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Political Dictionary of the History of Health


The Gym Tonic aerobics programme heralded the advent of a new politics of the female bodyGym Tonic aerobics programme : the ausdio disc in the 80sThe Gym Tonic aerobics programme heralded the advent of a new politics of the female body


   The images accompanying the Gym Tonic programme are nothing new but in the early 80s, they were revolutionary in more ways than one, notably for their impact on the media and on women’s body image. Women’s magazines may well have, ever since the 19th century, regularly reconfigured female body norms (often in thrall to fashion’s dictates) but the 20th century mass media were about to radically change this pattern.


   The idea that women might meet the female beauty ideal through sport practice gained traction at the beginning of the 20th century. Trade papers ran with the concept and accordingly propagated a new female body image. Whereupon respected educators such as Edmond Desbonnet or say Georges Hébert, both adepts of natural methods, set forth physical education classes in the shape of illustrated articles or books. As from the 50s, radio broadcasting joined in the physical education effort, thanks in particular to Robert Raynaud and his programme Réveil musculaire, aired on the station Paris Inter. 


   Thus, physical culture gradually inserted itself in families’ leisure activities. However, sport remained a minority interest among women until the late 60s, when the American physician Kenneth H Cooper launched aerobics. The term, drawn from the word aerobia is defined in Cooper’s book, titled The New Aerobics for women, in terms of the increase of oxygen required by a sustained effort over a long period of time. Now the exponents of this new practice were mostly women, notably Jane Fonda in the United States, who offered aerobics classes in her capacity as an actress.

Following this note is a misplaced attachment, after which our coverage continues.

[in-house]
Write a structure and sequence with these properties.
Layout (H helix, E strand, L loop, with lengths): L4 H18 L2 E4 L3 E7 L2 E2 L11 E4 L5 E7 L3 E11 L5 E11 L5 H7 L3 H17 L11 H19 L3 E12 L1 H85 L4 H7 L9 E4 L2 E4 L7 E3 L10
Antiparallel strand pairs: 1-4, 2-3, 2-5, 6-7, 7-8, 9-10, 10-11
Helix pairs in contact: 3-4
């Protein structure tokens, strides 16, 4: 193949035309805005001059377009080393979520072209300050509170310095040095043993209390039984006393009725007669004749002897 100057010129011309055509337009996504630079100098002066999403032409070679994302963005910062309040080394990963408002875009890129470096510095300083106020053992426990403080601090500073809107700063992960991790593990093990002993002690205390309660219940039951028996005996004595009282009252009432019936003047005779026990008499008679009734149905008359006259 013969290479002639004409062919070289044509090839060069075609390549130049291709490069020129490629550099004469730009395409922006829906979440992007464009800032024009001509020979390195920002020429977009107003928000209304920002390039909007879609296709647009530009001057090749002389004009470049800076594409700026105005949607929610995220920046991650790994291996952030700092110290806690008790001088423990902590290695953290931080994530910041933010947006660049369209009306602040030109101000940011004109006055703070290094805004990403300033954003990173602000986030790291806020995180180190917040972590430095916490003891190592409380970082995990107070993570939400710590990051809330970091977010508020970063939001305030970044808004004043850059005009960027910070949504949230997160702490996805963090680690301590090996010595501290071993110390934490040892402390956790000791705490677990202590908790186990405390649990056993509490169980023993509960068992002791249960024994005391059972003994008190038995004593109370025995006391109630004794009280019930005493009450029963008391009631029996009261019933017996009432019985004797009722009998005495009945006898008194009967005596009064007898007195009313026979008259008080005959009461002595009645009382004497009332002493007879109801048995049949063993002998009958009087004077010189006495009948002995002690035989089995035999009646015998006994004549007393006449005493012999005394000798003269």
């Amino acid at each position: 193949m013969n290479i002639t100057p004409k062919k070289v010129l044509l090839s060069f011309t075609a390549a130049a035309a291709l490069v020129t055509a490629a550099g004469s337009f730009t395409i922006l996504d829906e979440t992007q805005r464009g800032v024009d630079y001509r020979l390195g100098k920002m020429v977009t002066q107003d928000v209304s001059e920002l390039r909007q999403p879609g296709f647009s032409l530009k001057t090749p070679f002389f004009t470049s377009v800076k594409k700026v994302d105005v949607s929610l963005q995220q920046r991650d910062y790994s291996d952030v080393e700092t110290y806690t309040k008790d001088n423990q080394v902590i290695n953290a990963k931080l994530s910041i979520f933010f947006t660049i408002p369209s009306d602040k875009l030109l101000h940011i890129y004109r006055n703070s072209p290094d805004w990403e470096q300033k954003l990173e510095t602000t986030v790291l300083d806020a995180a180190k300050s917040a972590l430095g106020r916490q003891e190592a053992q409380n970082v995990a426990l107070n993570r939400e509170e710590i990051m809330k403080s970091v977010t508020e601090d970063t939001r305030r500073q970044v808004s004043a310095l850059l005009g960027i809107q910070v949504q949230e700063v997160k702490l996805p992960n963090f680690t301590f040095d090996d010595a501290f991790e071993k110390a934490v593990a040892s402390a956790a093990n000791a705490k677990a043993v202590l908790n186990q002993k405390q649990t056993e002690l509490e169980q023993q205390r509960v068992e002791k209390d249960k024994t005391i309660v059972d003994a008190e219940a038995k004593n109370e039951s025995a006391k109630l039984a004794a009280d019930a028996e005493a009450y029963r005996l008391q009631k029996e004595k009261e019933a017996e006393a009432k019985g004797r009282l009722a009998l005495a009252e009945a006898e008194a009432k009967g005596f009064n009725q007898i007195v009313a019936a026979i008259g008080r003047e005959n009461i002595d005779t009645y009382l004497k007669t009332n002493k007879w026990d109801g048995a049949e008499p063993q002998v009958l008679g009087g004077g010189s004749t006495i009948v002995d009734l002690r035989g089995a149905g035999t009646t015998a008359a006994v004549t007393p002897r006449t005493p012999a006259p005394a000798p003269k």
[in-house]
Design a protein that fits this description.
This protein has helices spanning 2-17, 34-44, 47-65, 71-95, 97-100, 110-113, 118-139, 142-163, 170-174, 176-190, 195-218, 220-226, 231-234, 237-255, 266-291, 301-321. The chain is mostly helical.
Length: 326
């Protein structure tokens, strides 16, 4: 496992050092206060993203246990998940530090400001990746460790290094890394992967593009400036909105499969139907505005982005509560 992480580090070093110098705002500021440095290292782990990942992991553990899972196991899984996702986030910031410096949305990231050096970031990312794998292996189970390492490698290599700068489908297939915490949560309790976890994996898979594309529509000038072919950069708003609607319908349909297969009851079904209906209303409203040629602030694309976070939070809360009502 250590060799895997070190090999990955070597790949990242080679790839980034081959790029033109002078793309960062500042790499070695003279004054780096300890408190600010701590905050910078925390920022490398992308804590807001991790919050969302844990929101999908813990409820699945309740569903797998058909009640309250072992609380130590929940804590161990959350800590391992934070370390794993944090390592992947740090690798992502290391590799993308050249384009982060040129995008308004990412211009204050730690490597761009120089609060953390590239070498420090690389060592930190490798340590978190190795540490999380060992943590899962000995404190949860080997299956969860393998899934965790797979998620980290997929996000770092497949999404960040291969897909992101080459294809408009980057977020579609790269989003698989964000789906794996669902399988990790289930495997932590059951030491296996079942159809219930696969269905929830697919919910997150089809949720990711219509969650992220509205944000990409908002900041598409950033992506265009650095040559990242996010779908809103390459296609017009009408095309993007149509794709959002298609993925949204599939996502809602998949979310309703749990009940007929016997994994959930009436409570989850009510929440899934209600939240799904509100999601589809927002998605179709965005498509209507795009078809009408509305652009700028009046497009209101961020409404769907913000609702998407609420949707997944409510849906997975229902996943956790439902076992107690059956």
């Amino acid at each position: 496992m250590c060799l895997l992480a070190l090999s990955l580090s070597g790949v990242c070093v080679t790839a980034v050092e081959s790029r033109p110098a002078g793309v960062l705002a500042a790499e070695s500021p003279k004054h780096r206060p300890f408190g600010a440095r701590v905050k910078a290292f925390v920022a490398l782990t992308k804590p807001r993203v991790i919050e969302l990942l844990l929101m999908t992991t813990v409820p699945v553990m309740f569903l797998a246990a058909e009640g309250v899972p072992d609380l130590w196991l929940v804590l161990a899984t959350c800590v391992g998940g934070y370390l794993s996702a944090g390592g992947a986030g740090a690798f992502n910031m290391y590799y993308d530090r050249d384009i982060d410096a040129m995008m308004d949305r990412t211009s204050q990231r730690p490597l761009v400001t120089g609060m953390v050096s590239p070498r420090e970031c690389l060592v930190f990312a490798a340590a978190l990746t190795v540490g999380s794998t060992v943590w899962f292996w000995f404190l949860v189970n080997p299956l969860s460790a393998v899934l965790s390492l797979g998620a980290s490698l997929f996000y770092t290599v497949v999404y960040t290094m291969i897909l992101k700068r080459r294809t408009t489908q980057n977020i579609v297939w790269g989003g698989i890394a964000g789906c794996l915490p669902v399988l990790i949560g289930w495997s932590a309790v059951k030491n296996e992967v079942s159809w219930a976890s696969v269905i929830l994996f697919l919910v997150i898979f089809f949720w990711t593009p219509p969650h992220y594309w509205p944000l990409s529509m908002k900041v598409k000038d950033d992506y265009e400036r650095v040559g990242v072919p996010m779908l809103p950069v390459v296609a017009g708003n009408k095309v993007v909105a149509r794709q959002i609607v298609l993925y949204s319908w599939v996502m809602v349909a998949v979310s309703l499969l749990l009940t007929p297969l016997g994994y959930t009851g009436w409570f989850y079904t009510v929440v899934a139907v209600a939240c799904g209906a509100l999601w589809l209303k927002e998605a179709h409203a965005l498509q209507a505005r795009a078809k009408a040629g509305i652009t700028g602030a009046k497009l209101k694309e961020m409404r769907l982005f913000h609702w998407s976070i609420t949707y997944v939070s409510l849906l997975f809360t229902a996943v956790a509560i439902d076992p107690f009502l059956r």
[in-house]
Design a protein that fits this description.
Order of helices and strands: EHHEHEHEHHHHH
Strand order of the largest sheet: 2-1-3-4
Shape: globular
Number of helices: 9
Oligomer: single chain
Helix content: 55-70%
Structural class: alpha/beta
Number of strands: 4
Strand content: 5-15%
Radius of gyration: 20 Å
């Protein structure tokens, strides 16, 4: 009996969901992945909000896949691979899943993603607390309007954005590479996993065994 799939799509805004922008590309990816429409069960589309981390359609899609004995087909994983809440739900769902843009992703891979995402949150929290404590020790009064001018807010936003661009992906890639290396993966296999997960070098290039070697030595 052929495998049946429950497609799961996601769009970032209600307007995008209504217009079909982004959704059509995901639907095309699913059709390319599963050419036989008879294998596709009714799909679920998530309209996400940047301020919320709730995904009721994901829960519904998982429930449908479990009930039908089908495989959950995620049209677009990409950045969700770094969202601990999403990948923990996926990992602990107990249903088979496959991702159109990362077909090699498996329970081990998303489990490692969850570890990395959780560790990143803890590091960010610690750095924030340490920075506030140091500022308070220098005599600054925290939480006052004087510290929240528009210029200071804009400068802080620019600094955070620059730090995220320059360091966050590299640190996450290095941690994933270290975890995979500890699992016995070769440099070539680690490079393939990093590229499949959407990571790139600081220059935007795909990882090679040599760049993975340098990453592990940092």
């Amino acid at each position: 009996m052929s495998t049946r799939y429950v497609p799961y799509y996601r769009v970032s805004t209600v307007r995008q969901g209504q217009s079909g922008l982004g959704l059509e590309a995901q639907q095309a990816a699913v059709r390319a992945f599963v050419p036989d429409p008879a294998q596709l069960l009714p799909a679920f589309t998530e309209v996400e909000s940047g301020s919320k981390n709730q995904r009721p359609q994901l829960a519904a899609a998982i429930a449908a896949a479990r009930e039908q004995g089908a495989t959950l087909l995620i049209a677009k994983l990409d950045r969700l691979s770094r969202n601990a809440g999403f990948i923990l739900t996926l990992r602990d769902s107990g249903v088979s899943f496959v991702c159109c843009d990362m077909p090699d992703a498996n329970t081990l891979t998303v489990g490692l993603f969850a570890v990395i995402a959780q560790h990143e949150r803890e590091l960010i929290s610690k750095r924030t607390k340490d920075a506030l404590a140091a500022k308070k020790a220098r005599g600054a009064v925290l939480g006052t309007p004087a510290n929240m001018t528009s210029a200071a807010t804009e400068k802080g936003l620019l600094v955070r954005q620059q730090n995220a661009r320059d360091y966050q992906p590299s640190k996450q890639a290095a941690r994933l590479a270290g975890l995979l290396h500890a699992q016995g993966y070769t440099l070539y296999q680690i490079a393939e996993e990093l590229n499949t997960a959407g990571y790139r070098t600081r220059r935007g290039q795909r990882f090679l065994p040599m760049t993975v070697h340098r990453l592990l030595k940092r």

In France the movement solidified around a program called Gym Tonic, which Antenne 2 broadcasted from 19 September 1982 to 29 June 1986. The programme was produced by Pascale Breugnot who set up Véronique De Villèle and Davina Delor as presenters, and as such made them aerobics’ ambassadors in France. To the accompaniment of sustained, dynamic rhythms, the presenters took on the teacher’s role while extras performed as students. The programme followed four stages: warm-up, workout, jogging and relaxation. With “sweat with a smile” as its guiding principle, Gym Tonic grew very popular in 1983-84 allowing for a diversity of themes and locations.


   The practice and the programme qualify as political issues in more ways than one. First, they had an emancipatory effect on women: Gym Tonic can rightly be considered one moment marking women’s inroads into the mass media and also women’s reappropriation of the female body. Second, the programmes proved controversial: a number of professional sports figures hailing from official Sport federations questioned this new approach deemed dangerous, unsuited to the population as a whole and whose proponents were not qualified to teach. Some fractions of society supported these detractors’ critiques citing the real difficulty presented by a sport purported to be “open to all”. The programme was in fact set in the context of a new public policy intent on developing physical activity. In the late 70s, the government warned against a lack of physical activity suspected of bringing about such conditions as obesity, depression, heart diseases, so that the aerobics programmes fitted into a broader landscape of proliferating Health Days or Weeks. Lastly, the televised content made it possible to assign to everyone a role in attending to their health without medical involvement. Thus, the mass media played a major part in the dissemination of a new remote therapy hinging, so to speak, on a self-care approach.

   Having enjoyed a massive following, popular aerobics brutally faded in France when the Gym Tonic programme stopped in 1986. This may be related to the 90s preference for calm and meditation as healthy good practice. With the noughties however, an aerobics come-back has been observed; now re-branded “fitness” and favouring new approaches with options for live group tuition or individual tuition via Youtube channels, as seen in Tibo InShape’ videos.


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Corinne AIRIEAU - Le Mans Université

Références :

Corinne Airieau, Gym Tonic : Étude d’une société contemporaine au travers d’une émission télévisuelle de 1970 à 1986, Mémoire dirigé par Hervé Guillemain, Céline Borello, Le Mans Université, 2019.

Pierre Arnaud, Thierry Terret, Histoire du sport féminin, Tome 1, Le sport au féminin : histoire et identité, Paris, L’Harmattan, 1996.


To quote this paper : Corinne AIRIEAU, "Aérobics" in Hervé Guillemain (ed.), DicoPolHiS, Le Mans Université, 2021.

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